13) We can move or go on holidays when it best suits us and make life decisions together as a family. Alhamdulillah I really love the flexibillity this give us. Now.....where shall we move to next????

14) After reading into the history of 'schooling' I was surprised to discover the dark agenda of institutionalising the masses. Whilst that may not be the agenda today, I feel it is still important to be aware of the schooling history in order to reflect on what purpose they are meant to serve and currently aim to serve and if they are indeed fulfilling that purpose.

15) I want to spend as much time as I can with my children while they are CHILDREN. Let's face it, if you ask your parents or elders about how quickly lif life passes they'll all tell you that 'life just goes so fast' and 'children grow up so quickly'. If we look at our own kids, just yesterday they were newborns in our arms, cooing and smiling. Now they are boisterous, noisy, energetic little powerhouses of curiosity and excitement! Where did all the days and years go? Where have our babies gone? And before we know it they turn into cranky teenagers or are off into the world living their own lives.

In conclusion.....

Homeschooling allows parents to see their children grow and achieve each and every day. You get to be there as they discover amazing things and learn about the world around them. You are right there, at arms length as they learn to understand the beautiful and sometimes chaotic world around them. You are there by their sides to whisper words of encouragement and love into their ears. For me, it's these moments and glimpses that I value so dearly that keep me motivated in my pursuit to play an active role in my children's education.

Well I hope that these points have helped you to understand what might cause a parent to decide to homeschool their child. This post was not written to 'persuade' you. Rather it was written with the intention of sharing some of the deep feelings and reflections from my own learning journey that has led me to become a homeschooling parent.

Mind you, I have to mention that homeschooling is not for every family. We need to look at the individual needs of each child, each parental situation and capability, and each family dynamic. There are some situations in which the child is better off homeschooling due to some seriously detrimental things that might be going on at school. There are also some children who are better off at school as their home situations are not able to cater for their learning needs. Each circumstance is to it's own and families as a whole need to make the decision together and no doubt, almost all parents will make their decision based on what is truly best for their child.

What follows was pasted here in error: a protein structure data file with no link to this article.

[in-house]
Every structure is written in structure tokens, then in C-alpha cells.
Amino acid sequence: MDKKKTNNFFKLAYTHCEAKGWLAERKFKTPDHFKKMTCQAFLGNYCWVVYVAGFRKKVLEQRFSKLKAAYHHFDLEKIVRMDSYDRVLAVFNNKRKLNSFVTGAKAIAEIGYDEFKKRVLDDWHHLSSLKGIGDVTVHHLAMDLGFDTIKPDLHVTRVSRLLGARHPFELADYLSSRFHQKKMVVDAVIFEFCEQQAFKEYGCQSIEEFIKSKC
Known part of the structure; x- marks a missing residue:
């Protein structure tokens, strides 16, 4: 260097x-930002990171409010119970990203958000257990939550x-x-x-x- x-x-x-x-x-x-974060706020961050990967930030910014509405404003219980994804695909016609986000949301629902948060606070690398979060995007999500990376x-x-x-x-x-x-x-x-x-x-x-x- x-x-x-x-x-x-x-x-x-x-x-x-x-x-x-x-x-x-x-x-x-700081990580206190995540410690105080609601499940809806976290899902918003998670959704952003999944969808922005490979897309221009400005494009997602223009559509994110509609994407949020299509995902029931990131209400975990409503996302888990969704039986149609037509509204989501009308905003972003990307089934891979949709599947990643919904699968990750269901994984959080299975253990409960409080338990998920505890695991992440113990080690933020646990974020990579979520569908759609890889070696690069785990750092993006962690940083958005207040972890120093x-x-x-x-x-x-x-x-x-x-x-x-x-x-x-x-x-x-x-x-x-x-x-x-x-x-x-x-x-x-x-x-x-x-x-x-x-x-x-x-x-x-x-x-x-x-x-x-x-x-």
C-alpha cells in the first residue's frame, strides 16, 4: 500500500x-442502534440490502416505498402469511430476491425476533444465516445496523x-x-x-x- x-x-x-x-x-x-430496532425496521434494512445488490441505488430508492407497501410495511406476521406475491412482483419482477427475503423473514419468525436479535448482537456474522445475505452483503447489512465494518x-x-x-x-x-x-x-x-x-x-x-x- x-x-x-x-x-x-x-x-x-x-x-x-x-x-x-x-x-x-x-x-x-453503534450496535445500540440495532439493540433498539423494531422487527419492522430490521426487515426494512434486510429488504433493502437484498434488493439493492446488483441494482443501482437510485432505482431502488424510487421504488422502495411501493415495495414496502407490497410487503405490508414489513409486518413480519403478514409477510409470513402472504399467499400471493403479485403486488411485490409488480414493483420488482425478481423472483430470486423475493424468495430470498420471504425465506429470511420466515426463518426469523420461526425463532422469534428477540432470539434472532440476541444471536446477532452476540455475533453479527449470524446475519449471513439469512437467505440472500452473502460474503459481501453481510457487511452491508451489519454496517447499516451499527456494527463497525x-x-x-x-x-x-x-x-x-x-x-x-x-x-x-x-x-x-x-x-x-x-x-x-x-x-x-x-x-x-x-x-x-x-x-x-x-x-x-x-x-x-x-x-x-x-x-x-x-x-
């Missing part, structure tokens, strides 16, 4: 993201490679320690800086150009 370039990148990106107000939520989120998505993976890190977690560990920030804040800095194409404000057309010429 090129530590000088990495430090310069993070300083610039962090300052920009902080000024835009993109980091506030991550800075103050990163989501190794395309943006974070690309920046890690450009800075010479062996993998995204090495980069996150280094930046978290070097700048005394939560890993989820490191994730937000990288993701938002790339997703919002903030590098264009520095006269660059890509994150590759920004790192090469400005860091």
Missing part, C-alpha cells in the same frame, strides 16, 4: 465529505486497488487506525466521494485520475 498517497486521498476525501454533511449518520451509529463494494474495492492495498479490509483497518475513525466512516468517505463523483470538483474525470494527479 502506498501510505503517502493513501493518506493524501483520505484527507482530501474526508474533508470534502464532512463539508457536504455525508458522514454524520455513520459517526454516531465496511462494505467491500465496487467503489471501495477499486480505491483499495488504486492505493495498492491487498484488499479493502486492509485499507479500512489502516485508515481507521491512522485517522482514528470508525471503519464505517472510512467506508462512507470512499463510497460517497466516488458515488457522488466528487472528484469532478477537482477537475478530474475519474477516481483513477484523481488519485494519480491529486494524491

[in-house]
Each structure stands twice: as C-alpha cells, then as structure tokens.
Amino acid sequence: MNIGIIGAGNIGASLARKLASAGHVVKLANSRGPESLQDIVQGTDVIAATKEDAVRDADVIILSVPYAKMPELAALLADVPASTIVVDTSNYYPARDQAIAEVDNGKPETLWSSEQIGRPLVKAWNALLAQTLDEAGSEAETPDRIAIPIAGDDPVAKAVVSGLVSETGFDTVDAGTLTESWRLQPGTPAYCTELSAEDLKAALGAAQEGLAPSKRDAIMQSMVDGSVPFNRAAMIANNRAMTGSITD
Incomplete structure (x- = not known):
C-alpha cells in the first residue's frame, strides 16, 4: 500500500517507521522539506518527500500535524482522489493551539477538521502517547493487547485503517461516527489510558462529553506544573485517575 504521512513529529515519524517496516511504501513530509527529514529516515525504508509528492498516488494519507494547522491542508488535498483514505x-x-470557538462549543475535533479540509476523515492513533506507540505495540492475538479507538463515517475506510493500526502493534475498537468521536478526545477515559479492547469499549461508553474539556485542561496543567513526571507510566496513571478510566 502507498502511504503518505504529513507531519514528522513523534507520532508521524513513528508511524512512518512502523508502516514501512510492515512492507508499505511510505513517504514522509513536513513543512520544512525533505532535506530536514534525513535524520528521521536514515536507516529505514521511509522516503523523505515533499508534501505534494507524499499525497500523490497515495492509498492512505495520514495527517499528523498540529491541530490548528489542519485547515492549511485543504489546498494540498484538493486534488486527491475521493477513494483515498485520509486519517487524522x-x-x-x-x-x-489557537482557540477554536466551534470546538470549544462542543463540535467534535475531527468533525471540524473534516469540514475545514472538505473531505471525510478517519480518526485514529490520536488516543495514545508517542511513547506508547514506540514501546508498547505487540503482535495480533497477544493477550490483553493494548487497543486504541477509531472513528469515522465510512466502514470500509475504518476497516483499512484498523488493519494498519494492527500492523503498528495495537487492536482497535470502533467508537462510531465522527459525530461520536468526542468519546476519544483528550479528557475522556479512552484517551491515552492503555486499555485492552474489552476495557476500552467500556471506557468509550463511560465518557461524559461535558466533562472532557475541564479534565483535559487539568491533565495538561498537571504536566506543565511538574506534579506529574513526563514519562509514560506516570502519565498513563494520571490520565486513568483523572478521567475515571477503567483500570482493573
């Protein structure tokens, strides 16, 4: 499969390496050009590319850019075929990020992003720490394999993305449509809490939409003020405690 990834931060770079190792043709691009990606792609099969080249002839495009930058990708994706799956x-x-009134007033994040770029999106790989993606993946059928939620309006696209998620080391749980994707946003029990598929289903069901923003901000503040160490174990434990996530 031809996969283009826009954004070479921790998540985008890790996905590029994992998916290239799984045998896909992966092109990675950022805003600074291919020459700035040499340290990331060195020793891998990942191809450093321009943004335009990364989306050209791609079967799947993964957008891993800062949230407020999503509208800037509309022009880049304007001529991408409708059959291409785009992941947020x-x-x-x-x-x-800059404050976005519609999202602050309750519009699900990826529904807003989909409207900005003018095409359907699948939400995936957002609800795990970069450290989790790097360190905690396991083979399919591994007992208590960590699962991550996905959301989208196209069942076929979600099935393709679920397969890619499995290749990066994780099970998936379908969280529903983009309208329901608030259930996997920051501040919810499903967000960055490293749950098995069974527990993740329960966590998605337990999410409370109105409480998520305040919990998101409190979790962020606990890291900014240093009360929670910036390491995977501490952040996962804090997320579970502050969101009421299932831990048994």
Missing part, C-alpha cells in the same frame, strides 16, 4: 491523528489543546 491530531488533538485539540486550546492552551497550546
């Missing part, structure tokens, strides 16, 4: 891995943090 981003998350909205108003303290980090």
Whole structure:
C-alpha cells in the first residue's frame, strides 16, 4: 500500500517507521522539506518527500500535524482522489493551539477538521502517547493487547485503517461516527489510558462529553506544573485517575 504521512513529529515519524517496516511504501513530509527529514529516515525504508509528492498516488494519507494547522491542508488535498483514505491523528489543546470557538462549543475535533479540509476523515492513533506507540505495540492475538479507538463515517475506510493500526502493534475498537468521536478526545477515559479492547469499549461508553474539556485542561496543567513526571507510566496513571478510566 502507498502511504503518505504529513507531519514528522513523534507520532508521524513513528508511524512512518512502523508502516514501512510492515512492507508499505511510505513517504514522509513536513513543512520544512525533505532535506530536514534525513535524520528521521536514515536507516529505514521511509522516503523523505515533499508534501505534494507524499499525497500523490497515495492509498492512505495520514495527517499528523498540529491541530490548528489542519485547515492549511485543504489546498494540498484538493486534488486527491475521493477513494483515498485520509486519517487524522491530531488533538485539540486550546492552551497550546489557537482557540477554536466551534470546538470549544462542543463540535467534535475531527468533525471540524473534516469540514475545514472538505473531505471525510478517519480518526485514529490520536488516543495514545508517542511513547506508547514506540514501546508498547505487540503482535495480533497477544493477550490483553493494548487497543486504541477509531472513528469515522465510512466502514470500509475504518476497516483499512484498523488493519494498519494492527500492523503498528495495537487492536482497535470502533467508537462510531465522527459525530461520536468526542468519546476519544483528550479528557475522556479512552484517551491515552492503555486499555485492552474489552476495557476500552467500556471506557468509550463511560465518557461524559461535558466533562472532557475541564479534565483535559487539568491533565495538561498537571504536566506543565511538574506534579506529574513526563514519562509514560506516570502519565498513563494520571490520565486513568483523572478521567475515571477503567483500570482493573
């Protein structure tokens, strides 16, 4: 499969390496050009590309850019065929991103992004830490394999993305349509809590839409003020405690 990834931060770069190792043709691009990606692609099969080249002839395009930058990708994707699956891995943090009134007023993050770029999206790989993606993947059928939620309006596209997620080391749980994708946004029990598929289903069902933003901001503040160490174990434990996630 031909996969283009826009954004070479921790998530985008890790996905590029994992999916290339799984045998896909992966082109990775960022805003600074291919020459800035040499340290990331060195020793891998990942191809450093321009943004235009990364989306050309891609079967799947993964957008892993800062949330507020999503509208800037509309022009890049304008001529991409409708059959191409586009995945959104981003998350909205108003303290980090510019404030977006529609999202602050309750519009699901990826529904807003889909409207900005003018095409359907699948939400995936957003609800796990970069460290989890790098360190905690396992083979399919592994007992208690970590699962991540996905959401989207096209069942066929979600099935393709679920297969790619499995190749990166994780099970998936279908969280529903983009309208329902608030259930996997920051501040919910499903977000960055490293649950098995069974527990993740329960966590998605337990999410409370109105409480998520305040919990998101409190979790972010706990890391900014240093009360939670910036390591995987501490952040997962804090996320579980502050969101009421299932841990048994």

Remember, from the start of their lives, all our children have and need is us, the parents, to be truly connected and dedicated to them.

If you are deciding whether or not homeschooling is for you and your family, then whatever decision you make, do it for the sake of Allah and He will help you and support you Inshallah.
May Allah accept from us as parents and guide us all to make the best choices. Ameen.

Please note: The views in this blogpost are entirely my own and based on personal experiences of  myself and others. In no way do I wish to offend or put-down any particular individual or school. (So please don't throw your virtual shoes at me if you don't agree! lol)

If you have any comments or questions, please do so below or email me at or find me on FACEBOOK.

"Peer obsessiveness and the clique mentality are the natural responses of children to mass schooling, which in essence removes adults from their lives or rather puts them there at a ratio of one to 30 and in an authoritarian role not entirely conducive to the forming of meaningful relationships." Guterson


  1. Very interesting post! I think home schooled kids do much better in life overall and make wiser decisions.

  2. wow.. i wasnt sure about home-schooling my kids and after reading this 100 percent im going too.. thankyou for making things so easy sister may allah bless you and your kids in this life and in the hearafter!

  3. MashaAllaah.May Allaah reward you with good in this world and Akhira. Ameen

  4. Simply brilliant Calisha. Such a good insight! I learnt so much jazakillahu khair!

  5. Mashallah you made the right choice I strongly believe children can learn more at home with their parents who are willing to teach them instead of teachers teaching them lets face most of them teach for money! They can memorize more without pressure, behavioural problems or being shy or bullied seriously I used to go to school just to play basketball go on excursions see friends I actually wag most of the time skipping classes was never really interested in education but when your child is home schooling the parents make it exciting for the child to learn also in future the child will respect and love their parents more creating a strong bond between both parent and child

  6. Mashalah great article.
    Can I ask if you follow a particular timetable or format? What is the structure/curriculum etc that you use? Also does the government have any rules on homeschooling?

    1. I design our own format/timetable and piece together a curriculum that suits us. The government will send someone from the dept of education once per year (in Perth) to see how you are going. Not testing or unnecessary pressure though alhamdulilah